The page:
Walking south from Horseshoe Meadows and leaving the Sierra behind for “The Desert” meant a new focus: water. I had downloaded the PCTA Water Report and, as expected, water would be scarce and we would have to carefully plan how much water to carry between sources.
There was a lot of uphill out of KM and we were hauling water to dry camp, finding a lovely spot on a dirt road. The next morning we passed Decaf, camped a couple miles beyond, he was looking a little grim. However, he passed us a bit later but we all chatted while gathering water at Fox Mill Spring, a very cool archaeological site I camped at last year, noticing the array of historic and prehistoric debris all jumbled together. Decaf had spent some days off trail due to Giardia. A bit later I saw a man and dog coming down the trail with Decaf just behind. “You’re going the wrong way, dude, ” I said. Decaf had got “sick”again (oh those British euphemisms) but amazingly the one other human out there had seen and offered help. The man with the dog was doing field archaeology along this bit of trail, tagging sites with orange flags similar to what you see marking electric or gas lines. I chatted a bit since I’d noticed the flags, knew the Fox Mill site and love cultural resource stuff. We would see Decaf in Lake Isabella where he had a package waiting, still weak, still resisting taking the antibiotics. My Dad would approve him letting his immune system find a way, but I urged him to take the meds so he could keep hiking. Sometimes I can’t stop the Mom from showing.
Moving on, Puff Puff and I collected water enough to dry camp from a trickle of a stream listed in the water report, made camp and hit the trailhead at Walker Pass the following day, getting a ride from a lovely couple on their way from Ridgecrest to Kernville for lunch. Lake Isabella is a long way from the trail but the motel accepts hiker packages, offers clean rooms and gave us a ride to Vons. I learned that carrying less food weight, and resupplying as often as possible, is hugely helpful. Plus I just like sleeping in a bed as often as possible. Win win.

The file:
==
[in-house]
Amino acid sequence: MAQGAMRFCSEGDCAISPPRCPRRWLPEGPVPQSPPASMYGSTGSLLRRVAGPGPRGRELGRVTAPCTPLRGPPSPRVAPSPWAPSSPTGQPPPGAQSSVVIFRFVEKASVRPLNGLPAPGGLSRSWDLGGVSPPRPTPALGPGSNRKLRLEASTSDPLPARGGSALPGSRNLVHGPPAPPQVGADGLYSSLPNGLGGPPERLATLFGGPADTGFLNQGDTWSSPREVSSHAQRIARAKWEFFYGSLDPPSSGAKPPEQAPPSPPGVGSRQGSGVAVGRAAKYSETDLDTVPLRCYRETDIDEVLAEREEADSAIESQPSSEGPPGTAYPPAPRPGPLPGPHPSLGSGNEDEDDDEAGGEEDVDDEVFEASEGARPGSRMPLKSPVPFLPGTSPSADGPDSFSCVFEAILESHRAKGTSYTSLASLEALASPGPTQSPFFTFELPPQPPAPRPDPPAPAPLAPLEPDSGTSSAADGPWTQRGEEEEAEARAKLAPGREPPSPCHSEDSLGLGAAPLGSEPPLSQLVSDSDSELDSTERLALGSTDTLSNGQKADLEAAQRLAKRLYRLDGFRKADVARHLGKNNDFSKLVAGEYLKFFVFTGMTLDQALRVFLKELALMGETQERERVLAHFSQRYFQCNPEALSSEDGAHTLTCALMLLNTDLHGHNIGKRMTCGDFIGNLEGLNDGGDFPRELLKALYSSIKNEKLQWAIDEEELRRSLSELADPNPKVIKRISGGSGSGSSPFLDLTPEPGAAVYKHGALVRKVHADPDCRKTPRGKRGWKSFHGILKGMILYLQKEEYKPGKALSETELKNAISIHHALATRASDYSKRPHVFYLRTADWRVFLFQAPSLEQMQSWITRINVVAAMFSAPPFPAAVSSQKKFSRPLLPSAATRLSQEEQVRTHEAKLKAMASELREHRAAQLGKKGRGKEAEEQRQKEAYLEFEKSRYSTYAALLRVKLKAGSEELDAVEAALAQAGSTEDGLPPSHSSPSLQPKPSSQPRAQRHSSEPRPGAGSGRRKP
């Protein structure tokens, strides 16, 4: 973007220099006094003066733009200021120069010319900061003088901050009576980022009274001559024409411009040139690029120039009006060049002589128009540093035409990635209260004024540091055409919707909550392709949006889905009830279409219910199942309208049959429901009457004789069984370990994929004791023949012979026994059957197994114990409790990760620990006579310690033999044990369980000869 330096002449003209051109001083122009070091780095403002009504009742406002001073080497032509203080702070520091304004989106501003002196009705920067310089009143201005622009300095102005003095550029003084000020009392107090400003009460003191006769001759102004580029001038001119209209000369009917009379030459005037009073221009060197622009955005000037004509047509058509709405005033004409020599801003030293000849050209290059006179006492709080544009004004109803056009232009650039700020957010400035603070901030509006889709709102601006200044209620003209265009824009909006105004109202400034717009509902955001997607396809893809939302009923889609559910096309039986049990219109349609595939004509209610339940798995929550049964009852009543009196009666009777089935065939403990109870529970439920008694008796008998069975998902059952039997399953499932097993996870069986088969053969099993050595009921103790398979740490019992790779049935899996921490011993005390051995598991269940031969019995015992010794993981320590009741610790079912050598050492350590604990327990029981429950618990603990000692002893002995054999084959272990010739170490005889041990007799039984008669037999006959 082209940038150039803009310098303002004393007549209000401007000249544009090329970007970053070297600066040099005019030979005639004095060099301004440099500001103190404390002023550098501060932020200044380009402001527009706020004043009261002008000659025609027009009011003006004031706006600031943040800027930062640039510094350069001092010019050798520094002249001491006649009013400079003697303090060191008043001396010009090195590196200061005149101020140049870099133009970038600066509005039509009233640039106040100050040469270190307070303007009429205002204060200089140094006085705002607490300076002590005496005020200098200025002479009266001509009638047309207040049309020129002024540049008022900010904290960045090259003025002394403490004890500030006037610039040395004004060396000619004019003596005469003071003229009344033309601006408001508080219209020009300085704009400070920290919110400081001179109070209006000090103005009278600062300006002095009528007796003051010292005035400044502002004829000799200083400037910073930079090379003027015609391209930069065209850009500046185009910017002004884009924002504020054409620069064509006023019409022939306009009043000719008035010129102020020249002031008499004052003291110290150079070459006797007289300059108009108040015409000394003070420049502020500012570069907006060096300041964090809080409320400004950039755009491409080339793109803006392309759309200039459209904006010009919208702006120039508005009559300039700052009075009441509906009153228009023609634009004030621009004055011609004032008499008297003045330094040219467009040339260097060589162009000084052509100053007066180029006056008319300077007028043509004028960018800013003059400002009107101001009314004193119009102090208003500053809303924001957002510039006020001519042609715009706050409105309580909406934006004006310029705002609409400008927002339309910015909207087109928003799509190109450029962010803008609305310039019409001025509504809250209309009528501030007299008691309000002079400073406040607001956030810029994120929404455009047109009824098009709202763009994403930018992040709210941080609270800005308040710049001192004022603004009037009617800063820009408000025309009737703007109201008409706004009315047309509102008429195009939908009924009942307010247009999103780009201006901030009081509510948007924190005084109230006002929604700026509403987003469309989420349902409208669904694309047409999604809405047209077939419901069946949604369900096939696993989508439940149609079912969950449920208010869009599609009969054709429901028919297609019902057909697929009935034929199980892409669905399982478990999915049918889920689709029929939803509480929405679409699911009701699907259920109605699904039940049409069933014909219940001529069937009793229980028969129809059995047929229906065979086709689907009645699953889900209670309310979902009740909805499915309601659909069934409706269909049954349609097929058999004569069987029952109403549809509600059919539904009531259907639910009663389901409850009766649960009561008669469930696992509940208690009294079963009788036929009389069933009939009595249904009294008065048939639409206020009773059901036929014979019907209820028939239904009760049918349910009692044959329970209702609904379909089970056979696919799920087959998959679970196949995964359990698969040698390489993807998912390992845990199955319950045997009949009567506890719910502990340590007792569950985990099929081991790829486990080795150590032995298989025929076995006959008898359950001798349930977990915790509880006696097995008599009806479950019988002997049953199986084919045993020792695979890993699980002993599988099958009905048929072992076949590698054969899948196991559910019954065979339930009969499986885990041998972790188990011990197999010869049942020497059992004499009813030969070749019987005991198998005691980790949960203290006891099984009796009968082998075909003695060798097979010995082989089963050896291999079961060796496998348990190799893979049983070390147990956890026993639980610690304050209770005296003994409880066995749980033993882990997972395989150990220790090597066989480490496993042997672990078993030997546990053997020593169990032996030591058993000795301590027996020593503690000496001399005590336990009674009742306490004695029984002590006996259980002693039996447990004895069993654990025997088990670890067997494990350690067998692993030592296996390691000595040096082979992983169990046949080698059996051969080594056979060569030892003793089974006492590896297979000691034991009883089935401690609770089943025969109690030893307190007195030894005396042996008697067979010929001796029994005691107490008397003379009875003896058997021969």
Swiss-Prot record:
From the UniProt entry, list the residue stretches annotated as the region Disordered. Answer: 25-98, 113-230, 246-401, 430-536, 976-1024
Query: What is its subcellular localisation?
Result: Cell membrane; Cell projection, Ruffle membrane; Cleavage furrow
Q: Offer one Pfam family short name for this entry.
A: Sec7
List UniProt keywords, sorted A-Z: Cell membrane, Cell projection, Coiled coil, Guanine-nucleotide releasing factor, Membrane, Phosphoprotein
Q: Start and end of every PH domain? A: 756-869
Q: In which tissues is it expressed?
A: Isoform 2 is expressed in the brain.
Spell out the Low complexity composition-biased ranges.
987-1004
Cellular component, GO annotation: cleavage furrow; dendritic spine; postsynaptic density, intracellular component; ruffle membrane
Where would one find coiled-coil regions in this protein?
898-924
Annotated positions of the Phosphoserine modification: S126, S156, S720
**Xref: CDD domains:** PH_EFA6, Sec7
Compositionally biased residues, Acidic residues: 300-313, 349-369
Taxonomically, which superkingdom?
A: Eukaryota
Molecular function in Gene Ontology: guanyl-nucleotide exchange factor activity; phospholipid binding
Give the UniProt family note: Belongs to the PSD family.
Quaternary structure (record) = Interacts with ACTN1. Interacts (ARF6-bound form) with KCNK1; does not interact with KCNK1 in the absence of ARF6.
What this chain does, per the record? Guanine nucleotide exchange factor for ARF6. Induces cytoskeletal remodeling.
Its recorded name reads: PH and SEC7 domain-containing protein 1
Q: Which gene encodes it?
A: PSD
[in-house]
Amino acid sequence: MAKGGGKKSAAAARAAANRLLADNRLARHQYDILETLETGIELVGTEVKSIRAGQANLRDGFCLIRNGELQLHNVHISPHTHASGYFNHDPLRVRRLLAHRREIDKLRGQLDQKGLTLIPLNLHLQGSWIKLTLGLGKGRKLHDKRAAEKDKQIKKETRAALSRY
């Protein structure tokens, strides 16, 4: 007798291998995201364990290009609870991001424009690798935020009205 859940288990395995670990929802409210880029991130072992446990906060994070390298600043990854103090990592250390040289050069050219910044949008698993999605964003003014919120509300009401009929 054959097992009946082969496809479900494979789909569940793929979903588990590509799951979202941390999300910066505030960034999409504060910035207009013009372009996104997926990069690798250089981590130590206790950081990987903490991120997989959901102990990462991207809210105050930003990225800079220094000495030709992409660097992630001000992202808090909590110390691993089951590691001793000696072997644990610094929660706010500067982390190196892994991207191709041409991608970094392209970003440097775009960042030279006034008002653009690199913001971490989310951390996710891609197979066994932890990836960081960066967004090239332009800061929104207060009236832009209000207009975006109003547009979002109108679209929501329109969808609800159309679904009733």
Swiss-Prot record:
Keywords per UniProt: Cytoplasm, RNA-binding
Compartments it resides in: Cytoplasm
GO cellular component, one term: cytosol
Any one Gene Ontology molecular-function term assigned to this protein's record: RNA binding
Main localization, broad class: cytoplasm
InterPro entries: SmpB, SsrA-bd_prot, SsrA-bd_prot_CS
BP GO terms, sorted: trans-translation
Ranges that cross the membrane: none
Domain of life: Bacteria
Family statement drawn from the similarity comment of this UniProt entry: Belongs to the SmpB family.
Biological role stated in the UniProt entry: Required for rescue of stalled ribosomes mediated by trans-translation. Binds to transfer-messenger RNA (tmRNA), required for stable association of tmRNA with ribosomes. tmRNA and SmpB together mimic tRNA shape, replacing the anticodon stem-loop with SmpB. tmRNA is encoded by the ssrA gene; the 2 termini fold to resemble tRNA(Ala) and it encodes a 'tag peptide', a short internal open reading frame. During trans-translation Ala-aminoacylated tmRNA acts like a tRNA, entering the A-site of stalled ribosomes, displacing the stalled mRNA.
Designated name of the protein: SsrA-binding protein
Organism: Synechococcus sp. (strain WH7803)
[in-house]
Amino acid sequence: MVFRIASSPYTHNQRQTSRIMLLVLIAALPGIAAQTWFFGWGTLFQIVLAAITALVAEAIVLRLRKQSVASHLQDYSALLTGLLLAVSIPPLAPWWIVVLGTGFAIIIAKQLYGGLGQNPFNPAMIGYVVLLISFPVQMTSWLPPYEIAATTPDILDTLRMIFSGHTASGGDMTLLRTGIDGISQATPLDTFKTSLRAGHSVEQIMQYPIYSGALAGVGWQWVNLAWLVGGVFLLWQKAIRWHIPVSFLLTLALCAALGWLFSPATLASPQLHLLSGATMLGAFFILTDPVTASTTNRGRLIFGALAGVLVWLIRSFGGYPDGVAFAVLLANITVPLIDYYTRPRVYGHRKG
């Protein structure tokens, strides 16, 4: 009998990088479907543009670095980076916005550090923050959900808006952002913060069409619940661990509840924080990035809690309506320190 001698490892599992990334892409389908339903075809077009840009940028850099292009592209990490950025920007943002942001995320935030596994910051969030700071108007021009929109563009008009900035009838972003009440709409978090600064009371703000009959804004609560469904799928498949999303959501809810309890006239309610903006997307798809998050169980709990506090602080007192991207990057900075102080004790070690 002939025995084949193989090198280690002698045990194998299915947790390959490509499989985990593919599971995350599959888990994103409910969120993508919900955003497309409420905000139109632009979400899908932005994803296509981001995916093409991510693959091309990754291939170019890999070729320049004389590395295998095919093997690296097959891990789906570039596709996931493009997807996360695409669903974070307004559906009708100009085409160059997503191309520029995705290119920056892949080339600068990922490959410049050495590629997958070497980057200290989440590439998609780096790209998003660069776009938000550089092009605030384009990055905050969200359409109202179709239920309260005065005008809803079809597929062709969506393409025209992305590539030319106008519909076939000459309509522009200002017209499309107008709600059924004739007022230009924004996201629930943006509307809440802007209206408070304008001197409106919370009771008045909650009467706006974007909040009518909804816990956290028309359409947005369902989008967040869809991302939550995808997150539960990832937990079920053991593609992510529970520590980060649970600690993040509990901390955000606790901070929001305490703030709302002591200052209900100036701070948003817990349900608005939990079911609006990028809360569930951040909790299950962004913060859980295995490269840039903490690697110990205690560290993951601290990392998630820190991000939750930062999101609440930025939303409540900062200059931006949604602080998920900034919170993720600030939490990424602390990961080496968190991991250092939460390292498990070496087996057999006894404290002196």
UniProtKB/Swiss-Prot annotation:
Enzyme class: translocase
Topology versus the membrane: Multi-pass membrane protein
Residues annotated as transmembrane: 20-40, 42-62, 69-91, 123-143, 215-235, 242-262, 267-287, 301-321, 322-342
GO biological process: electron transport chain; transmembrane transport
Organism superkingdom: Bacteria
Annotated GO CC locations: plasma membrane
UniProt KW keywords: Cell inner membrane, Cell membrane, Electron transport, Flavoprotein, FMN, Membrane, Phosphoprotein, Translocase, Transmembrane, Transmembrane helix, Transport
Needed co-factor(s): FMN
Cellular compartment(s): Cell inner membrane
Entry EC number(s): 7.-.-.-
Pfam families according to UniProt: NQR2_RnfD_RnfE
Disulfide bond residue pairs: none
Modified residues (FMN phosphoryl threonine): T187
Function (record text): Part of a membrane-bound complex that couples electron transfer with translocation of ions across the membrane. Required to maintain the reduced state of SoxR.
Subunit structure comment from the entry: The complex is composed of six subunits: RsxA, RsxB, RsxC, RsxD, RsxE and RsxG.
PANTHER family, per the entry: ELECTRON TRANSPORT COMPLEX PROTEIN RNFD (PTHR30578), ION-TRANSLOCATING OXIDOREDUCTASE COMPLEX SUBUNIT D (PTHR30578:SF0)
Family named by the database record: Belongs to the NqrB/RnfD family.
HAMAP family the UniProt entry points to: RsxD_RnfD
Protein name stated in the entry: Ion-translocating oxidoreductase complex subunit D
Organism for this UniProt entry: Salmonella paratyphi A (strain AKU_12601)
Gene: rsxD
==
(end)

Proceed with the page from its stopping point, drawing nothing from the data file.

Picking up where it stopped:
The stretch from Walker Pass to Highway 58 was tough on me. I arranged a ride back to the trail but Richard couldn’t get us early, so we didn’t start hiking until 9:45 with no water and camp for 21 miles. For the first time, I had to put on my headlamp and walk into camp at about 7:15 pm. It was easy trail but I had a restless night waking up to the sound of the wind flapping my tent. The next day went through a lot of burn areas but finally we got to live trees and soft pine needle covered trail out of the wind. We camped after 22 at a deserted car campground near Landers Meadow, with creepy trash strewn around. You always know where there is easy trail access because of the toilet paper tossed on the ground, not even an attempt to bury it, let alone to pack it out. Add in leftover watermelon, cigarette butts, beer bottle caps, and assorted debris. Nice.
The temperatures have been pleasant as the trail winds by wind farms and dirt roads but the uphill is so slow for me due to weight and muscle loss, I can barely pick up my legs even though my heart and lungs are in great shape, so frustrating. I listen to audiobooks as I grind my way up and try to pick up my pace on the flats and downs. But if there are hours of f*ing uphill, I can’t make the miles I want in a reasonable timeframe. There are less than 12 hours of daylight these days and I hate hiking in the dark but so it goes. The third night I made it to Golden Oak Springs after 26 miles, and it was just getting dark, not bad. Puff Puff had been there for quite awhile and gathered 2 liters of water for me so I could just set up my tent and cook dinner, that was awesome. We more or less cruised the last 17 or so miles to Highway 58 where she called down the list of trail angels until hiker Georgette enthusiastically agreed to pick us up and take us to Tehachapi. A zero day later, she returned us to the same spot by 7:30 am. Thank you Georgette, I wished we had more time to share trail tales together. Your support of 2 crazy thru hikers is so appreciated.